Oodles of Noodles- Black Rice Noodles, Tempeh & Miso Sauce

April  1, 2016
1 Ratings
Photo by kali Hamm
  • Serves 2-4 as a main course or starter
Author Notes

I actually made this dish a while ago and have been meaning to share it, sorry it’s taken so long! It’s been of my winter favourites, comforting, spicy and full of good things. I know now we’re actually closer to spring but you can mix up the veg to whatever is seasonal or you feel like, and lets face it Spring doesn’t always mean warm.. (Sad face) You can also switch out the tempeh to another protein that suits you better or keep it veg!

So tempeh..? I hear you ask. Tempeh is a fermented soy food, originating from Indonesia, like most fermented foods and foods prepared using traditional methods it’s really good for you! Fermentation means it’s full of probiotics, unlike tofu and other processed soy products such as soy milk, the soy beans are whole, fermentation makes the beans much more digestible and full of goodness too!

Miso has also long been celebrated as a health food, but as well as that, what a great ingredient to cook with! You don’t need to be cooking Asian recipes to make room for this super ingredient. It adds a great depth of flavour and unami to all sorts of dishes, sauce and dressings. I used it in the cauliflower recipe I posted back in the new year for example! You can get darker and lighter miso’s, ranging from saltier to sweeter, here I used yellow miso which is on the sweeter side.

For this recipe I’ve mostly focused on the dressing. You can add it to any sort of stir fry you’re cooking up. Or if you don’t feel like the stir fry this miso dressing also works just a general dressing for a salad, vegetables, grains, whatever you like.! Steam some veg, some quinoa and serve with sauce, some nuts and seeds, super satisfying!

One last note before the recipe, I’ve put umbeboshi paste as optional because I know there’s a long list of ingredients here, you could substitute with a little more lime or rice vinegar if needed. Umbeboshi has a sour taste, with great medicinal properties, it’s alkalising for the body, used to replace aspirin in Chinese medicine, one tip, it’s a great hangover cure!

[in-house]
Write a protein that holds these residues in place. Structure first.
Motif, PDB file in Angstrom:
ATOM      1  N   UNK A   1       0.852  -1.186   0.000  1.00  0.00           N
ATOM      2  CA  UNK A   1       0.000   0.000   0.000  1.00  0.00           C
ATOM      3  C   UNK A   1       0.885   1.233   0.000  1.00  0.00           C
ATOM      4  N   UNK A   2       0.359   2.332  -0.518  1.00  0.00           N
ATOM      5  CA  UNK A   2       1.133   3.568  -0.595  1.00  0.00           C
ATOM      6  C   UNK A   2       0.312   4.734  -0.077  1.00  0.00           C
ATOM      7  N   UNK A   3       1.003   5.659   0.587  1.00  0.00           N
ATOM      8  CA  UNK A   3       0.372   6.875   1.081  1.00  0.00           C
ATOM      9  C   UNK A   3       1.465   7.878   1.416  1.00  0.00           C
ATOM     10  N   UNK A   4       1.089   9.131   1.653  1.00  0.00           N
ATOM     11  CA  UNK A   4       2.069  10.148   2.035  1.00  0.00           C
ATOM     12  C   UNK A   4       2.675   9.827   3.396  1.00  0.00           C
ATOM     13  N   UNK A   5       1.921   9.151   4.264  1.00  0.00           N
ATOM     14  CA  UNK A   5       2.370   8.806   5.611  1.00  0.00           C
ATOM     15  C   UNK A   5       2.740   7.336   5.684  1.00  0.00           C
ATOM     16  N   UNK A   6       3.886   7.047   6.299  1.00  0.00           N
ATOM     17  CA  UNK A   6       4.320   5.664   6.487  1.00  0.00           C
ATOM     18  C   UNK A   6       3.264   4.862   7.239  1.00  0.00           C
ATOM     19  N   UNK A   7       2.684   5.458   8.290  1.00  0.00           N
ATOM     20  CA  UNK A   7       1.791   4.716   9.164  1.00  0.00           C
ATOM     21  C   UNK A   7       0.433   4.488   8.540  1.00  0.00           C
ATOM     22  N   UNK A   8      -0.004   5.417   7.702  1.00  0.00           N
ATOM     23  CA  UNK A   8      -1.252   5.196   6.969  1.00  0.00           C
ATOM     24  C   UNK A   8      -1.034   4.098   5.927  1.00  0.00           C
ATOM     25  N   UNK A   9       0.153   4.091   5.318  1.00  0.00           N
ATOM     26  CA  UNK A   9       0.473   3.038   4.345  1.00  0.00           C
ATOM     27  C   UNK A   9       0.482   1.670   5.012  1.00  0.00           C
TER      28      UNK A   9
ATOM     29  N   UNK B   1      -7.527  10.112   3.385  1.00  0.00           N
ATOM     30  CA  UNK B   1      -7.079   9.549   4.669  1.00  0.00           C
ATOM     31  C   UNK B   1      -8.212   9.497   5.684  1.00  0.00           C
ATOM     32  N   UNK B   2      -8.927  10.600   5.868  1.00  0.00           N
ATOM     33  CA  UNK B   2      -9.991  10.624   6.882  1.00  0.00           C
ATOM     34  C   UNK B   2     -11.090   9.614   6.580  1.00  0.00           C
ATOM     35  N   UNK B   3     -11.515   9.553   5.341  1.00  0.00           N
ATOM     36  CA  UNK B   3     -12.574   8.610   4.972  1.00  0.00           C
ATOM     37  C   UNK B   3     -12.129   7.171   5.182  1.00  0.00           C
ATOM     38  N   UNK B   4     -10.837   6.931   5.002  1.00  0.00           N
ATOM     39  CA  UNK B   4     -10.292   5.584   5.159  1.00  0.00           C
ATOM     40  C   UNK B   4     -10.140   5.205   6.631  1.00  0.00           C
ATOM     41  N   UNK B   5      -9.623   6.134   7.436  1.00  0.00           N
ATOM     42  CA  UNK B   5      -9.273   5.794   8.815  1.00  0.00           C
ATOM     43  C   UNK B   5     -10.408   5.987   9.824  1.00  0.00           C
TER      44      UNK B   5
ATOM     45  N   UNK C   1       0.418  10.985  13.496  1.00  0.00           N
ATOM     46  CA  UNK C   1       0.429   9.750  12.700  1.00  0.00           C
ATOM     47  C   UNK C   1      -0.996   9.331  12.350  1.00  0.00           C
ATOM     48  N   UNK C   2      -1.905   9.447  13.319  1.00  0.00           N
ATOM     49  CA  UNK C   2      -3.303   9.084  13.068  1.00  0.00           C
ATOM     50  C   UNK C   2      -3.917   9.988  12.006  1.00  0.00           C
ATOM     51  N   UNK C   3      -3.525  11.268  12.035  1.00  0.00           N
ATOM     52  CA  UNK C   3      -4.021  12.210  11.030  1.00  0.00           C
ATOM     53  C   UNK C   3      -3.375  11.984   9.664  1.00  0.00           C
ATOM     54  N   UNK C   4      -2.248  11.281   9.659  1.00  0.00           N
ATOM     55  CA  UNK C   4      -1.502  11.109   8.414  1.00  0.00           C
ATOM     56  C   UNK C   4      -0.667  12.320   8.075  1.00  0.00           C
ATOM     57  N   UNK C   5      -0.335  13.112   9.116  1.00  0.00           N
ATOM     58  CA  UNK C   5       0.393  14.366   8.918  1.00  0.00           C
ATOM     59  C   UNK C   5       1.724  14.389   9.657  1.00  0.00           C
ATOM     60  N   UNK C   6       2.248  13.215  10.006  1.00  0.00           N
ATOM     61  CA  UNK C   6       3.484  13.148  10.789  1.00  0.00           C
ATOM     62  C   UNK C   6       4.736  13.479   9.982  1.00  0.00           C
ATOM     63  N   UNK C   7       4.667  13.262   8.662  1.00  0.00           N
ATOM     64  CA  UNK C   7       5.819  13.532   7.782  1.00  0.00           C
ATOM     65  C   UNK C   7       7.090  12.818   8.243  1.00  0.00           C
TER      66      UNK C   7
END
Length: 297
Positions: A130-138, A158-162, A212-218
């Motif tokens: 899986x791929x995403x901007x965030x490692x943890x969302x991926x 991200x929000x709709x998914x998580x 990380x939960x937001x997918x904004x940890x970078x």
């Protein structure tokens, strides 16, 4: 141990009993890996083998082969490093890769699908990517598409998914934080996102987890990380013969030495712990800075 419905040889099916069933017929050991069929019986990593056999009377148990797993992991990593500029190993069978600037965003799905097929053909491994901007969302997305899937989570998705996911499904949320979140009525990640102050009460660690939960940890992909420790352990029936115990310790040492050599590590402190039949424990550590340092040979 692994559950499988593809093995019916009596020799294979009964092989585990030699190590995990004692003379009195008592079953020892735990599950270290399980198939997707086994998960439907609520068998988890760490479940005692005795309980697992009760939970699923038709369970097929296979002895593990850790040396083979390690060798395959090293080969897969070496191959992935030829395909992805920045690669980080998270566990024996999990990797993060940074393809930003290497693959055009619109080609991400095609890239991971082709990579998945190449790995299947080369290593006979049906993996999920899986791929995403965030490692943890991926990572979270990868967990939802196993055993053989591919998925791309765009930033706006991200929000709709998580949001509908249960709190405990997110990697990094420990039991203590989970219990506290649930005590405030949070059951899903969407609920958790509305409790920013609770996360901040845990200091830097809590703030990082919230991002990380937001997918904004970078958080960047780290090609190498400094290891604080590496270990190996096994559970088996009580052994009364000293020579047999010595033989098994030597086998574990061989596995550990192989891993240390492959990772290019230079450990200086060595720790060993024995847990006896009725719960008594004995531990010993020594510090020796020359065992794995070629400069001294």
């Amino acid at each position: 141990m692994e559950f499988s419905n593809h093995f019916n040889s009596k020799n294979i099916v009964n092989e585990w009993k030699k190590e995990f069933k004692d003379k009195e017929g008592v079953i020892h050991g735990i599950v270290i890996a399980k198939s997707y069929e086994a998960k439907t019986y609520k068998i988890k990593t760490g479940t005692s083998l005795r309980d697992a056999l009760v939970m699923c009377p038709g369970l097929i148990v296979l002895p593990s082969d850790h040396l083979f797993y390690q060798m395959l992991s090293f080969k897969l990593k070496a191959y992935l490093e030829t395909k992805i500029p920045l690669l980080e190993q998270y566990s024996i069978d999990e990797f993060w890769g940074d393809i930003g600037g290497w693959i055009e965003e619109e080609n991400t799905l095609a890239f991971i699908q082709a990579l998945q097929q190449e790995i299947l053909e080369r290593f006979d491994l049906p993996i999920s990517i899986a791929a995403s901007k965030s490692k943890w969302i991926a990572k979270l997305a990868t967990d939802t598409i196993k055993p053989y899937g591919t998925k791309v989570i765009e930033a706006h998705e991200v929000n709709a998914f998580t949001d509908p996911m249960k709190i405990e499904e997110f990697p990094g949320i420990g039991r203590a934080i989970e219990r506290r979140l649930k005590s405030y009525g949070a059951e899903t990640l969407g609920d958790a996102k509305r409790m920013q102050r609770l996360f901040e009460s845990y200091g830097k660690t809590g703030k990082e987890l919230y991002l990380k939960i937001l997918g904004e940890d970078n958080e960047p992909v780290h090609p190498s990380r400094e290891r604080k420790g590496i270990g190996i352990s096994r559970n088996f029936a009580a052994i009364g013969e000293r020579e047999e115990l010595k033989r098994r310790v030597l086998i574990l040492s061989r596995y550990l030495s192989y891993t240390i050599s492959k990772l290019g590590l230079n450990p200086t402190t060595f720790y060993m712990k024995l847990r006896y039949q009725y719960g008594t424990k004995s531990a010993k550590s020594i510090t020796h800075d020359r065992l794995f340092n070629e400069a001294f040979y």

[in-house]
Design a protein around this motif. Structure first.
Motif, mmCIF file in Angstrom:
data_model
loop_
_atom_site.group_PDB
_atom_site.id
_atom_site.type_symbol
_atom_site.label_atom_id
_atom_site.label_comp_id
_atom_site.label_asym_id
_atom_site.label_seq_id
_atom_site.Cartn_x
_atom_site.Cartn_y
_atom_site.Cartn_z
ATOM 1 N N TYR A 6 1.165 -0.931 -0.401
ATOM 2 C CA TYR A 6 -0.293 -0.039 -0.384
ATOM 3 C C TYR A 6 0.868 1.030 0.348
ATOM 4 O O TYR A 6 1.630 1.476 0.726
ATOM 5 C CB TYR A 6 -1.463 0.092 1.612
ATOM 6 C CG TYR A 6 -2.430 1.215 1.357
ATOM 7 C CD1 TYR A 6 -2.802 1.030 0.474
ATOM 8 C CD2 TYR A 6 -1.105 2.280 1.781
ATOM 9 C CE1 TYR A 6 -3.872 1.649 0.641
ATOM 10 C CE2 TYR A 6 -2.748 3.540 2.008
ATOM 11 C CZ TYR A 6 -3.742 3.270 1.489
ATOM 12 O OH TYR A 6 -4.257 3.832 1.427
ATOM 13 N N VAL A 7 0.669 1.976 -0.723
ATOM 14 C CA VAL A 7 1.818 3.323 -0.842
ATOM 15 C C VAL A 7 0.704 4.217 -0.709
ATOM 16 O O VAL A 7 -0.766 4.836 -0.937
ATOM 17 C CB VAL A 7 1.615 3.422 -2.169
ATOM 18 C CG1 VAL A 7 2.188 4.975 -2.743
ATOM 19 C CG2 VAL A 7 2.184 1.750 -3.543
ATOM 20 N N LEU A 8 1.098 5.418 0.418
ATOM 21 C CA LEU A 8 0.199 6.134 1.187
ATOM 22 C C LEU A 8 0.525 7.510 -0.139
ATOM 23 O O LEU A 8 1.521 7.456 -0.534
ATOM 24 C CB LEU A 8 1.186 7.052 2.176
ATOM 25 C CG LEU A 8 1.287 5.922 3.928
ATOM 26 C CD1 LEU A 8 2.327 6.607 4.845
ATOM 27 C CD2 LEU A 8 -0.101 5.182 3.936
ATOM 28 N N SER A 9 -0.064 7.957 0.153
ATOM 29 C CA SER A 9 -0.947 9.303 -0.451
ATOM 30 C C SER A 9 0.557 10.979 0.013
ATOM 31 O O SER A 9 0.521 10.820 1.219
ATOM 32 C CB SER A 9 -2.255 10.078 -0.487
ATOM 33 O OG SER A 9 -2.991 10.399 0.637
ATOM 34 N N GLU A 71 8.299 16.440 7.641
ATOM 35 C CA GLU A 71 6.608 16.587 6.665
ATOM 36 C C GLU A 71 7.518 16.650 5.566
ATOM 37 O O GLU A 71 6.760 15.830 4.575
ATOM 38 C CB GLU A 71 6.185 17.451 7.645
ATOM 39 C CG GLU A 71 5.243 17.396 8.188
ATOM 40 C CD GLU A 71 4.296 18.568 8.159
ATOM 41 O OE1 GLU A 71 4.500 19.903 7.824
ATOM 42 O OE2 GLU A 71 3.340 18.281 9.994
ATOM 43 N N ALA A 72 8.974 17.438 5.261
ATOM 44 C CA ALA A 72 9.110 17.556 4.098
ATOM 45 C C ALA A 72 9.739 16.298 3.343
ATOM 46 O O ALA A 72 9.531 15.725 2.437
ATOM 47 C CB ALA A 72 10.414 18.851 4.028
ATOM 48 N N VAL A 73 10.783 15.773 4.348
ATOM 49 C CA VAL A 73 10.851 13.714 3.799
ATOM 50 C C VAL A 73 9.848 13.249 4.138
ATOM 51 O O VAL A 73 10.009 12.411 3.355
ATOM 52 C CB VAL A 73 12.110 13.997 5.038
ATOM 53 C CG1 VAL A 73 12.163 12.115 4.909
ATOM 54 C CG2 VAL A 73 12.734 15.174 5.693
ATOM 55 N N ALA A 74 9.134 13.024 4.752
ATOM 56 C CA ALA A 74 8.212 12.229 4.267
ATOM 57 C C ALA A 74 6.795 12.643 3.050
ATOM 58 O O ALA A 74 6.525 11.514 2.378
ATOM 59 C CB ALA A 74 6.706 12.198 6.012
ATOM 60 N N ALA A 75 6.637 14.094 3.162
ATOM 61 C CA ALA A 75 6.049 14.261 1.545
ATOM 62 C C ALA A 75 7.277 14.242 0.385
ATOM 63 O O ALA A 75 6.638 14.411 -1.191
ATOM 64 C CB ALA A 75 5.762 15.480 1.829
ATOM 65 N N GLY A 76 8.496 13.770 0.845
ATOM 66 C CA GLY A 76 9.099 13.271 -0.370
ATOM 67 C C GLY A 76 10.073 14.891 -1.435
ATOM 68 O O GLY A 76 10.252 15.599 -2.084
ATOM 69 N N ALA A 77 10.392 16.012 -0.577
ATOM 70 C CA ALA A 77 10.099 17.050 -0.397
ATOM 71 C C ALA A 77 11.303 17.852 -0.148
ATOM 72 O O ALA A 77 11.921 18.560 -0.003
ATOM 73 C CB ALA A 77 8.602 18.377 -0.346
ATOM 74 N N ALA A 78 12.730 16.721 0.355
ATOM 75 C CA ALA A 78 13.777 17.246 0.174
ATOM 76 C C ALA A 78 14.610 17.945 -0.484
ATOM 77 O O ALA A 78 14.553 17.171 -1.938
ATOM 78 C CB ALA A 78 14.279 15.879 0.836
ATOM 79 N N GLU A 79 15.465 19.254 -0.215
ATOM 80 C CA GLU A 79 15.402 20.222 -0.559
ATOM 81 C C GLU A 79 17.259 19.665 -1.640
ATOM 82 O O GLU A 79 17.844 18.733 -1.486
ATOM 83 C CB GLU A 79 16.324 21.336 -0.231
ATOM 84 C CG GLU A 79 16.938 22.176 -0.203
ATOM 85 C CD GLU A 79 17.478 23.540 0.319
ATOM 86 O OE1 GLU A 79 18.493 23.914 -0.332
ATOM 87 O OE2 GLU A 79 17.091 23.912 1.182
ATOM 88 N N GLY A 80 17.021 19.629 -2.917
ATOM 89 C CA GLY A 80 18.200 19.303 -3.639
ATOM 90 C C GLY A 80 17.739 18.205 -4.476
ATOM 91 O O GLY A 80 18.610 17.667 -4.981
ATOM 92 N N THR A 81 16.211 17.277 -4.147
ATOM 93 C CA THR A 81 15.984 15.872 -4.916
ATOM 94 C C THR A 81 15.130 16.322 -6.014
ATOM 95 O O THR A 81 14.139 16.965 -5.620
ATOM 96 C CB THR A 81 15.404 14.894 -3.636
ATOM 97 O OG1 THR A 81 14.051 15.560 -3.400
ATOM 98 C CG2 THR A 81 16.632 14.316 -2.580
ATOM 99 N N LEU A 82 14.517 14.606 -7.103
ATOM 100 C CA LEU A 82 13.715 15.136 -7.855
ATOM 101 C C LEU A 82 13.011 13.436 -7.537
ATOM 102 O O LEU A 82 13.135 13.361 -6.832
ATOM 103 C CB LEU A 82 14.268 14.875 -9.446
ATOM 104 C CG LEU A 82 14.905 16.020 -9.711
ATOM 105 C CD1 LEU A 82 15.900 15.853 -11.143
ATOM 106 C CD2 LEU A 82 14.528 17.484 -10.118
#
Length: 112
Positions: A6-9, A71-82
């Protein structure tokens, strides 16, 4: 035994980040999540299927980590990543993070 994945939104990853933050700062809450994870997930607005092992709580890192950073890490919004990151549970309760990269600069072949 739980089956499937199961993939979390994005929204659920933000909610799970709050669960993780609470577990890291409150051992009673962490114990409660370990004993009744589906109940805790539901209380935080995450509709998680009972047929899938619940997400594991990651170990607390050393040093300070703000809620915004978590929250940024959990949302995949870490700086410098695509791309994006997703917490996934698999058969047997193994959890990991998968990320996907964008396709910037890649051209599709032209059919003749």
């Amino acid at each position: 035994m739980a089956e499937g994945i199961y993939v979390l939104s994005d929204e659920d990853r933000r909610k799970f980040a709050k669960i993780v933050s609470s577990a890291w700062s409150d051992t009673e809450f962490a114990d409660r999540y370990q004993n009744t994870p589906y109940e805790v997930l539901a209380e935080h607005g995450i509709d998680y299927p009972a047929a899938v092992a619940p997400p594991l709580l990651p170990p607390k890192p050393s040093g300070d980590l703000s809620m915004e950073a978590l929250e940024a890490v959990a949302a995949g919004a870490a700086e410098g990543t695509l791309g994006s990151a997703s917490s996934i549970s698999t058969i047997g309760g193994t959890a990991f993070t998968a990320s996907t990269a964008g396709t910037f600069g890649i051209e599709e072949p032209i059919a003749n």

All these ingredients are available at Asian supermarkets, health food shops and larger supermarkets. —Kali

What You'll Need
  • For the dressing :
  • 2 tablespoons yello miso
  • 2 tablespoons sesame oil
  • 1 teaspoon brown rice vinegar
  • 1 clove garlic
  • 1 thumb ginger
  • 1 teaspoon umbeboshi paste
  • squeeze lime
  • For the noodles and veg and temeph:
  • 1 bundle (83g) black rice noodles
  • 200 grams tempeh
  • 1 tablespoon coconut oil
  • sesame seed oil, to taste
  • choice of veg, I used kale, spinach and thinly sliced red cabbage
  • handful mint, coriander and thai basil
  1. Put your your noodles on to cook, plunge into boiling water and cook as per instructions, they should just take a few minutes, careful not to overcook, dress with a little sesame oil to stop the noodles sticking.
  2. While the noodles are cooking make your miso dressing; blend all the ingredients in a high speed food processor or blender until smooth and creamy, set aside.
  3. Heat a large pan, add a little coconut oil, once hot, add your tempeh, browning on each side, add a splash of soy or tamari. Then add your veg, depending on what you choose start with the longest cooking time first, I added my kale and cabbage first. Once these have wilted add your noodles and spinach if using. Keep tossing the noodle mixture with tongs, add some seasoning of mirin, soy/tamari, about a tablespoon of each, taste. Finish with your herbs and a drizzle of sesame oil, serve with miso sauce, a sprinkle of sesame seeds and add some extra chilli heat if you like.

See what other Food52ers are saying.

1 Review

streborsirk March 8, 2020
We began as specified, but decided after laying out the ingredients that we'd prefer a ratio with more noodles. So we ended up with 300 g. (~10/11 oz.) noodles, 1 small red cabbage, 1 big bunch spinach (and lots of leftovers). Doubling/tripling the amount of dressing is recommended for those who like it saucy. A very adaptable base recipe (we thought crushed peanuts would be nice mixed in next time), and one we're planning on adding to the rotation.